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Air Gunner|October 2020
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Jamie Chandler sets himself the target of finding a new permission to shoot in under a month!
Jamie Chandler

I heard this week that Elisabeth Kubler-Ross had died. ‘Who?’ might be your first reaction, but she was important. Ironically, Elisabeth Kubler-Ross studied our reactions to death and loss and coined the five stages of grief that most of us will be aware of, in some form or another, in her book, ‘On Death and Loss’.

A cheery little start to an article and a bit off-topic regarding airguns you might think, but Elisabeth’s stages of grief have not only been used, debunked, changed and updated in the psychology sphere, but her theories have also been used by huge corporations when dealing with change and how to manage it. In fact, the industry of Corporate Change Management since the 1970s is, in part, based around Elisabeth’s work on how we cope with death and loss. Basically, it’s suggesting that we humans deal with change in a similar way to how we cope with grief, and grief-like feelings can be seen in employees by things as small as having to change desk or moving office buildings.


So, here comes the tenuous link; once again, I am having to manage change on what feels like a corporate scale, with the loss of seven-eighths of my shooting permissions, to the Covid pandemic. The good news started with a conversation explaining that one pheasant shoot that I shot over with an airgun was merging with another, and the other shoot’s keeper would be in charge. A swift congratulations to the new keeper, all smiles, interest and swapping phone numbers, was followed three days later by a text saying, ‘as of 1st of August, please stop coming up’. Perhaps a bit of a brutal message, without explanation and with no response to my phone call or text, but we were clearly done and it me feeling a bit blindsided.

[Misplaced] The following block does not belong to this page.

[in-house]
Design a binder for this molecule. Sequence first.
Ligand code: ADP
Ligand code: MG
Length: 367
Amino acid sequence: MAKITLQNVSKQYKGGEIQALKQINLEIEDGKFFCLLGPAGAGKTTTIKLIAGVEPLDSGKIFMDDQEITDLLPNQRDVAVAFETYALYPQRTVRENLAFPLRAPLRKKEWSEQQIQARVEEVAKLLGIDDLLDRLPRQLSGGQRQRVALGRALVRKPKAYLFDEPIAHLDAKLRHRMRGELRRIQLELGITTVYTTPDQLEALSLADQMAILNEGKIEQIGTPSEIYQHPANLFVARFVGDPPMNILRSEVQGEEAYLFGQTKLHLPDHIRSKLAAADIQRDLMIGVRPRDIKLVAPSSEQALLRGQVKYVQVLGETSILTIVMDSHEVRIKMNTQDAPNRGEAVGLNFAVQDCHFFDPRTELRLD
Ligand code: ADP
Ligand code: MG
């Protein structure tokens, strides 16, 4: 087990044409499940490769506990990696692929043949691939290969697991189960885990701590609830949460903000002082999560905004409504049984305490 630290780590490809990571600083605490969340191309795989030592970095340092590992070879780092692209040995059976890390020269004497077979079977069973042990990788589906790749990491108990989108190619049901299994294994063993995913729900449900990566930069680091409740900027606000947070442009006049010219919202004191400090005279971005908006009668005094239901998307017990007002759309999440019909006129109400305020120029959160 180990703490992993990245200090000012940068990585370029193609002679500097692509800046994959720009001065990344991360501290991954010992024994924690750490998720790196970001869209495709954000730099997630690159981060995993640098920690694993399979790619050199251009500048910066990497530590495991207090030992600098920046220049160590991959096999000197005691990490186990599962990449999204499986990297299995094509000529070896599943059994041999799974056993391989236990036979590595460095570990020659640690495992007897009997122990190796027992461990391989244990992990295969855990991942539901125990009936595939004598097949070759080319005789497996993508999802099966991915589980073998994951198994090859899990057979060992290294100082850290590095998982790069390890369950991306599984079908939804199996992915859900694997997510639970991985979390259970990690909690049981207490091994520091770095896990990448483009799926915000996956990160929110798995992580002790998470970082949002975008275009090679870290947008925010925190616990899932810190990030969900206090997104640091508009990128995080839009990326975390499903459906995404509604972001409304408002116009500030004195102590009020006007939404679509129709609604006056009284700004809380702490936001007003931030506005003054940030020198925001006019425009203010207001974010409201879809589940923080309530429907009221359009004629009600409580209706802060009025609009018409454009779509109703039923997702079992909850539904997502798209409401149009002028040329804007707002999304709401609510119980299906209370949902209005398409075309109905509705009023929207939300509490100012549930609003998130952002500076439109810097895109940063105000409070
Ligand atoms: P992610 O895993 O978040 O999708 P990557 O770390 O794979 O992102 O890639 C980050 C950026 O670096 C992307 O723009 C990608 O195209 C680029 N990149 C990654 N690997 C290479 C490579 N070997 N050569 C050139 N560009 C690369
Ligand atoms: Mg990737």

The second loss came by way of a phone call from the young keeper of another farm shoot; a friend, asking if I knew anyone with a keeper’s vacancy because he had just that morning been fired after a dispute with his employers about feeding the penned pheasants. Sadly, I didn’t know of any, but called his bosses the next day to offer a hand feeding and to make sure I was still OK to go up, and got a firm, ‘Actually, everything’s on hold for now, but we’ll review it in January and come back to you.’


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October 2020